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A Far Cry Chris Larkin

A Far Cry

Chris Larkin

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 About the Book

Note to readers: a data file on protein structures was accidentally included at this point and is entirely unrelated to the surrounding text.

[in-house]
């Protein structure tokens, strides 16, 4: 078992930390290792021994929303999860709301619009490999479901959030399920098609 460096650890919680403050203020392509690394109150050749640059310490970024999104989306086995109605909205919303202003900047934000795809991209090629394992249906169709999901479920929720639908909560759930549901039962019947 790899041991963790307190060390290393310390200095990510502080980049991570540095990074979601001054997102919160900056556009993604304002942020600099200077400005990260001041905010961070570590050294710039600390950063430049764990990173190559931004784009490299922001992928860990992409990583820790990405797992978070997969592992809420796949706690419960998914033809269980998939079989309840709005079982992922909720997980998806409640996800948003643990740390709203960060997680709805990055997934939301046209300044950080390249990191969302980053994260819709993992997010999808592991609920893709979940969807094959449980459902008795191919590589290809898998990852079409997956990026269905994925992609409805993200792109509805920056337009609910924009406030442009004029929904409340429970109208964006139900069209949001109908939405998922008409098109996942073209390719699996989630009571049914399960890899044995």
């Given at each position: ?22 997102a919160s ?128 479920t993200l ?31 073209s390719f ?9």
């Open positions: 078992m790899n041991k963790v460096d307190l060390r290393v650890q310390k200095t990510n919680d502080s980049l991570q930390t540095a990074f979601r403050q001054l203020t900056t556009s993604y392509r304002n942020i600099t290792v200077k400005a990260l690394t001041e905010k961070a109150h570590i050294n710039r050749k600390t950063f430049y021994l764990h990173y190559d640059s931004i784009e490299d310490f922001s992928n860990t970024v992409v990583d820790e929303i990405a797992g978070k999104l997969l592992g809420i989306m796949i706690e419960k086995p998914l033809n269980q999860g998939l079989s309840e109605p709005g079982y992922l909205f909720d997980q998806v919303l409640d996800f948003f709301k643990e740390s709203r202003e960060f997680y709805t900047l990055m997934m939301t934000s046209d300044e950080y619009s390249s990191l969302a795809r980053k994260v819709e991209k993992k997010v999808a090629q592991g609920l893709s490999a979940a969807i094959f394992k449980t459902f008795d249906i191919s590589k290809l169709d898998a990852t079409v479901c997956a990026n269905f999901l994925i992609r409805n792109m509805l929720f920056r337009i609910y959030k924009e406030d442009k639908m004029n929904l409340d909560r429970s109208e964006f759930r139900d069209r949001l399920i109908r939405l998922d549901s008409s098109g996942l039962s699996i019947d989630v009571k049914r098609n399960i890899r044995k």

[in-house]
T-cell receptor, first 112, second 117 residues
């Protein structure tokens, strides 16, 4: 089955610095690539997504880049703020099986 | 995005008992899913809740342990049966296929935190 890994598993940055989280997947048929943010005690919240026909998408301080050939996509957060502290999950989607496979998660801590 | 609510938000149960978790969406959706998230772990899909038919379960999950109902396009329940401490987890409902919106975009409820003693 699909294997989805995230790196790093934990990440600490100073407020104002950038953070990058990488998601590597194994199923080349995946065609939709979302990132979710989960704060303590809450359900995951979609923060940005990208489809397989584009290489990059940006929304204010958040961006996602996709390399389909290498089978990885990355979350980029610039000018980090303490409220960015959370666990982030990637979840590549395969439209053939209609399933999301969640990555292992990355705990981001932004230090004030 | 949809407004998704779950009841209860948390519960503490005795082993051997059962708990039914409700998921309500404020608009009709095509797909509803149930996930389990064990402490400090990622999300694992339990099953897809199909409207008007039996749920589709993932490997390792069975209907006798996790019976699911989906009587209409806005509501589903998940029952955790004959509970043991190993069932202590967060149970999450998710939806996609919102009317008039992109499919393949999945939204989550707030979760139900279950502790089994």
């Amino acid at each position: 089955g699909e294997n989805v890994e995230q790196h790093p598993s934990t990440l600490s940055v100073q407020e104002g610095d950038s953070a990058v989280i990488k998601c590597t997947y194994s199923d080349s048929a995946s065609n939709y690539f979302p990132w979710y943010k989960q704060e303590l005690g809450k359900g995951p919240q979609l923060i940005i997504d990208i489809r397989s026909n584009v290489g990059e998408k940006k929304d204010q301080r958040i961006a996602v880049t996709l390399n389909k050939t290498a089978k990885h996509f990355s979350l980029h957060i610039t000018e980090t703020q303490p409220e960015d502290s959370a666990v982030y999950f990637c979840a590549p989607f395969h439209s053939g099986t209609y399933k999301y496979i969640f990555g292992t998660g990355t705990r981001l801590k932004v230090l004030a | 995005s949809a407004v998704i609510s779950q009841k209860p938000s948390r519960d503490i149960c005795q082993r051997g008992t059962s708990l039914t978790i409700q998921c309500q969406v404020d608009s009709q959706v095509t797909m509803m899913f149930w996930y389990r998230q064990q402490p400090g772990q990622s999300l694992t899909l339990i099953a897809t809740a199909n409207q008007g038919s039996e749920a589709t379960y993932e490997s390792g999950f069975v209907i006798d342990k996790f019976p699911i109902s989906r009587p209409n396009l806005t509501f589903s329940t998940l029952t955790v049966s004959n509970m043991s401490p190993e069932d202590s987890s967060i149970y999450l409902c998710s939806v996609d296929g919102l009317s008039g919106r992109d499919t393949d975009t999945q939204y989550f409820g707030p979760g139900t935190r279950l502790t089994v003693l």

A solo canoe journey through the Mackenzie MountainsNorthwest Territories.The book is in two parts. The first and shorter part gives a brief background history of the author and takes the reader quickly and directly into the bush experience, intoMoreA solo canoe journey through the Mackenzie MountainsNorthwest Territories.The book is in two parts. The first and shorter part gives a brief background history of the author and takes the reader quickly and directly into the bush experience, into isolation. It recounts the building of the first cabin on the Broken Skull River, the first winter alone, and the following spring. It continues with the initiation into canoe travel with a journey down the Broken Skull, South Nahanni and Liard Rivers to Fort Simpson. This chapter includes an account of the Nahanni fire of ’81 and a contrast between wilderness and National Parks.The second part of the book takes the reader along on a two year solo journey down the Mackenzie River and into the Mackenzie Mountains by way of the Keele River. Wintering over in a previously built cabin, the author continues his journey over the spring ice and following break-up, on up the Twitya River, nearly to the Yukon border. Building a small cabin a further winter is spent alone and then in the following spring a descent of the Mountain River is made. At the height of the flood waters the canoe capsizes in sixteen foot waves. All is lost. A ten day walk out with but life-jacket, sheath-knife and twenty matches was made to the San Sault Rapids on the Mackenzie River where the author was picked up by a passing party of Indians from Fort Good Hope. The book concludes with an attempt to place in a wider context the lessons so easily perceived in wilderness, yet so obscured in present society.A Perspective: ‘The Dangerous River’ by R.M.Patterson formed my introduction to the Mackenzie Mountains when I was eleven years old- ‘A Far Cry’ in some sense, modernizes the timeless wilderness endeavour. The search is no longer for gold but for original material for photographs and paintings, it is founded in reality, not dream- it possesses purpose. That the purpose ultimately fails is irrelevant for the wilderness provides a more valuable gift than any sought. This is the real parallel between the ‘D.R.’ and the ‘F.C.’ and the same sets it apart from the more usual wilderness travelogue limited in both duration and purpose.Aside from this story I have endeavoured to paint with words much of what I saw and also to convey a sense of the perpetual land by recounting the ongoing day to day travel, from one winter through to the following winter. Criticism has been levelled at the length of this story and whilst I accept this as valid, I never-the-less want to respond – it was a long journey – and find comfort in many historical precedents, whose authors did not have to conform to modern literary accounting and styles.